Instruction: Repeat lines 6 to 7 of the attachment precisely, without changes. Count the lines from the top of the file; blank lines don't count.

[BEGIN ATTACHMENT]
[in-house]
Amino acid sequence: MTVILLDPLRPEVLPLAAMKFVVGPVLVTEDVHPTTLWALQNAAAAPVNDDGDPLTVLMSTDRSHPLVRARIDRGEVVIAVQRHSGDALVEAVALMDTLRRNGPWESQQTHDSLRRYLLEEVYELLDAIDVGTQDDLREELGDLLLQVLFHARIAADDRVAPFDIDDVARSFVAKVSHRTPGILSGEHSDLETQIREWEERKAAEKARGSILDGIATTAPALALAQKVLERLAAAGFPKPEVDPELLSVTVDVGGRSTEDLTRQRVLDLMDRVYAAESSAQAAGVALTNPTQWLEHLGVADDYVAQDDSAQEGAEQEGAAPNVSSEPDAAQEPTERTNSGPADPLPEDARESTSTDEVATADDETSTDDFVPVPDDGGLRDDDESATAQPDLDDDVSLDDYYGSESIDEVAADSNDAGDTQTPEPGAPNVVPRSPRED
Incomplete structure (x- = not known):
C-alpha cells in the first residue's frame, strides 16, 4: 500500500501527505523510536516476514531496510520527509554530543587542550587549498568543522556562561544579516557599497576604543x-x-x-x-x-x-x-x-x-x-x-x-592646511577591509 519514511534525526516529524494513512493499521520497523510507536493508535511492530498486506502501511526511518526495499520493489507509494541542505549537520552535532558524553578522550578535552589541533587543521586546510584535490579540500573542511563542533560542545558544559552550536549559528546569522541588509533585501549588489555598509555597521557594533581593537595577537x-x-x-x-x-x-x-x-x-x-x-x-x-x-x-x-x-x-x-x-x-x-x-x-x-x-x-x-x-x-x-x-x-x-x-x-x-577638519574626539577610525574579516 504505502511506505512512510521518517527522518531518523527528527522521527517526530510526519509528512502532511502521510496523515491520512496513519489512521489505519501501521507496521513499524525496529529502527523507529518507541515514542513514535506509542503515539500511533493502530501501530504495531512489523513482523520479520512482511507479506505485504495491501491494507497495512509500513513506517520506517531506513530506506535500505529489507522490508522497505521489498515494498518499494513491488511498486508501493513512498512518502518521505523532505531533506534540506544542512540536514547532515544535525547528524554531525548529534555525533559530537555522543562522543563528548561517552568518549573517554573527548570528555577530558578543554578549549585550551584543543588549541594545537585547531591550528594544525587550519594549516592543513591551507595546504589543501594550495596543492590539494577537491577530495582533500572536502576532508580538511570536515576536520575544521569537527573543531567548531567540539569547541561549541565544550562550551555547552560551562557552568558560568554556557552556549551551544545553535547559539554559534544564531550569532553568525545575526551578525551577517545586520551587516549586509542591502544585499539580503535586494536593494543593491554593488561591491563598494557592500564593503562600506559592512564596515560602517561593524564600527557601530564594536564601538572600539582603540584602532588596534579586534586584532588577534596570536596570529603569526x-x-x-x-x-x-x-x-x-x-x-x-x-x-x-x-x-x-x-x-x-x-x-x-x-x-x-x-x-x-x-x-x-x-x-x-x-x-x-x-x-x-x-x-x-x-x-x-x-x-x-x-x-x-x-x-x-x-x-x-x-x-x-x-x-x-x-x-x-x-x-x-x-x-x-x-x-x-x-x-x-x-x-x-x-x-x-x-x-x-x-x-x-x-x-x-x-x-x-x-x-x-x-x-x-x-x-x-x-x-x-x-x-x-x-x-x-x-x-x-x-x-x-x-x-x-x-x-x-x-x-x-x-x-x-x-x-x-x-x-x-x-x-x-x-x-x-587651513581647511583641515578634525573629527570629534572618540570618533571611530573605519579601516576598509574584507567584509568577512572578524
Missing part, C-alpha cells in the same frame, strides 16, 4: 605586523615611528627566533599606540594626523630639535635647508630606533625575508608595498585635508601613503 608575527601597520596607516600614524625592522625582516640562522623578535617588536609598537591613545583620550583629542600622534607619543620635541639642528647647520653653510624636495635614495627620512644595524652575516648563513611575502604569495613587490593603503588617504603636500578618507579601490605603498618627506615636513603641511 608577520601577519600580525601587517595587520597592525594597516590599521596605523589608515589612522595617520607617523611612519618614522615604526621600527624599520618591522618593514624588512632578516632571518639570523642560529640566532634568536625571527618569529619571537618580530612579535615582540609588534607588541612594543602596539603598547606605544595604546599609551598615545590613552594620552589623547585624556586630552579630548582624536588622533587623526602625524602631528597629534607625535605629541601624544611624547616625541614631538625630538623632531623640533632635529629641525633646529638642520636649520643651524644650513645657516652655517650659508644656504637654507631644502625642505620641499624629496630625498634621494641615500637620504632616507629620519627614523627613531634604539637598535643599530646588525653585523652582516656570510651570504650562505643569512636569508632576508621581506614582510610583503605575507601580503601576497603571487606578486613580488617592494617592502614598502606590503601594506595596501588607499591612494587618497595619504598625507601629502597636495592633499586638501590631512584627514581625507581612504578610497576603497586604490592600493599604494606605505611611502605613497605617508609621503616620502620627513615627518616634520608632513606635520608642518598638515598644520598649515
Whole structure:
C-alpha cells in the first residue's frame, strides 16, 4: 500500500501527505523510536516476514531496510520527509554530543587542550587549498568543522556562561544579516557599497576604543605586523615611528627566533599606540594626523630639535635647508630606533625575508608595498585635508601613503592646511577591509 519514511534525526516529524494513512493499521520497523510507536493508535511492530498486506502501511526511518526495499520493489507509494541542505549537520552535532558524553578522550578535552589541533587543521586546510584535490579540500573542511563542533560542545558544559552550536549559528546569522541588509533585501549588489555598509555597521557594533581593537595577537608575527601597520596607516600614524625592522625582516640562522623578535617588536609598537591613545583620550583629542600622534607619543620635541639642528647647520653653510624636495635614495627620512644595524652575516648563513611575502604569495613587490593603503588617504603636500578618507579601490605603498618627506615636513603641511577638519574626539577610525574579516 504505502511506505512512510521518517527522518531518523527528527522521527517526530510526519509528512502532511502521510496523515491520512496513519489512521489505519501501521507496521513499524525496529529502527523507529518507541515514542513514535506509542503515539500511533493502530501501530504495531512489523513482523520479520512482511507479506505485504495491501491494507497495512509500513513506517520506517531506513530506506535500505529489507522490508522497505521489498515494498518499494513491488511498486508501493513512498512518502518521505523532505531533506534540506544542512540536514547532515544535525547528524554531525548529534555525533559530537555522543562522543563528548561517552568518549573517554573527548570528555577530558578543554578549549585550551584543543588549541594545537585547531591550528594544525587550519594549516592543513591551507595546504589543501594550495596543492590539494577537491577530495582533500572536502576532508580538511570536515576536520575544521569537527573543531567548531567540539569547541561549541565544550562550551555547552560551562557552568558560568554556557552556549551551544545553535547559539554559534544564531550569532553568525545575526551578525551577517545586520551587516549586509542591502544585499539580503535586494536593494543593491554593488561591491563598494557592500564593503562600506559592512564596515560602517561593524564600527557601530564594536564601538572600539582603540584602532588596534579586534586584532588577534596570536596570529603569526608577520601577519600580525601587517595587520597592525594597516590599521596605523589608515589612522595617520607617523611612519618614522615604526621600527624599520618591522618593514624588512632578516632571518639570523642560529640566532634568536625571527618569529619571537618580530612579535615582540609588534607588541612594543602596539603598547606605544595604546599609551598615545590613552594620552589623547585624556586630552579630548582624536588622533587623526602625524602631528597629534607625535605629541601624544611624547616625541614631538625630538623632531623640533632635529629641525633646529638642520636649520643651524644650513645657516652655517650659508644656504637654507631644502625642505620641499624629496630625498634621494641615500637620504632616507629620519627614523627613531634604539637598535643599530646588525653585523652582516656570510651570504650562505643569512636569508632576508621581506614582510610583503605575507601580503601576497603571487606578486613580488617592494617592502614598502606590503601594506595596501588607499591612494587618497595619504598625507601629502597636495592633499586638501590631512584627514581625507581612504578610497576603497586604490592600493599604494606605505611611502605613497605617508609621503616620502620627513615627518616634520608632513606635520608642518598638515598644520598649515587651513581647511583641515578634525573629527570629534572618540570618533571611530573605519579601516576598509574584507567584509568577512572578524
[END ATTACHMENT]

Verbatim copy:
Whole structure:
C-alpha cells in the first residue's frame, strides 16, 4: 500500500501527505523510536516476514531496510520527509554530543587542550587549498568543522556562561544579516557599497576604543605586523615611528627566533599606540594626523630639535635647508630606533625575508608595498585635508601613503592646511577591509 519514511534525526516529524494513512493499521520497523510507536493508535511492530498486506502501511526511518526495499520493489507509494541542505549537520552535532558524553578522550578535552589541533587543521586546510584535490579540500573542511563542533560542545558544559552550536549559528546569522541588509533585501549588489555598509555597521557594533581593537595577537608575527601597520596607516600614524625592522625582516640562522623578535617588536609598537591613545583620550583629542600622534607619543620635541639642528647647520653653510624636495635614495627620512644595524652575516648563513611575502604569495613587490593603503588617504603636500578618507579601490605603498618627506615636513603641511577638519574626539577610525574579516 504505502511506505512512510521518517527522518531518523527528527522521527517526530510526519509528512502532511502521510496523515491520512496513519489512521489505519501501521507496521513499524525496529529502527523507529518507541515514542513514535506509542503515539500511533493502530501501530504495531512489523513482523520479520512482511507479506505485504495491501491494507497495512509500513513506517520506517531506513530506506535500505529489507522490508522497505521489498515494498518499494513491488511498486508501493513512498512518502518521505523532505531533506534540506544542512540536514547532515544535525547528524554531525548529534555525533559530537555522543562522543563528548561517552568518549573517554573527548570528555577530558578543554578549549585550551584543543588549541594545537585547531591550528594544525587550519594549516592543513591551507595546504589543501594550495596543492590539494577537491577530495582533500572536502576532508580538511570536515576536520575544521569537527573543531567548531567540539569547541561549541565544550562550551555547552560551562557552568558560568554556557552556549551551544545553535547559539554559534544564531550569532553568525545575526551578525551577517545586520551587516549586509542591502544585499539580503535586494536593494543593491554593488561591491563598494557592500564593503562600506559592512564596515560602517561593524564600527557601530564594536564601538572600539582603540584602532588596534579586534586584532588577534596570536596570529603569526608577520601577519600580525601587517595587520597592525594597516590599521596605523589608515589612522595617520607617523611612519618614522615604526621600527624599520618591522618593514624588512632578516632571518639570523642560529640566532634568536625571527618569529619571537618580530612579535615582540609588534607588541612594543602596539603598547606605544595604546599609551598615545590613552594620552589623547585624556586630552579630548582624536588622533587623526602625524602631528597629534607625535605629541601624544611624547616625541614631538625630538623632531623640533632635529629641525633646529638642520636649520643651524644650513645657516652655517650659508644656504637654507631644502625642505620641499624629496630625498634621494641615500637620504632616507629620519627614523627613531634604539637598535643599530646588525653585523652582516656570510651570504650562505643569512636569508632576508621581506614582510610583503605575507601580503601576497603571487606578486613580488617592494617592502614598502606590503601594506595596501588607499591612494587618497595619504598625507601629502597636495592633499586638501590631512584627514581625507581612504578610497576603497586604490592600493599604494606605505611611502605613497605617508609621503616620502620627513615627518616634520608632513606635520608642518598638515598644520598649515587651513581647511583641515578634525573629527570629534572618540570618533571611530573605519579601516576598509574584507567584509568577512572578524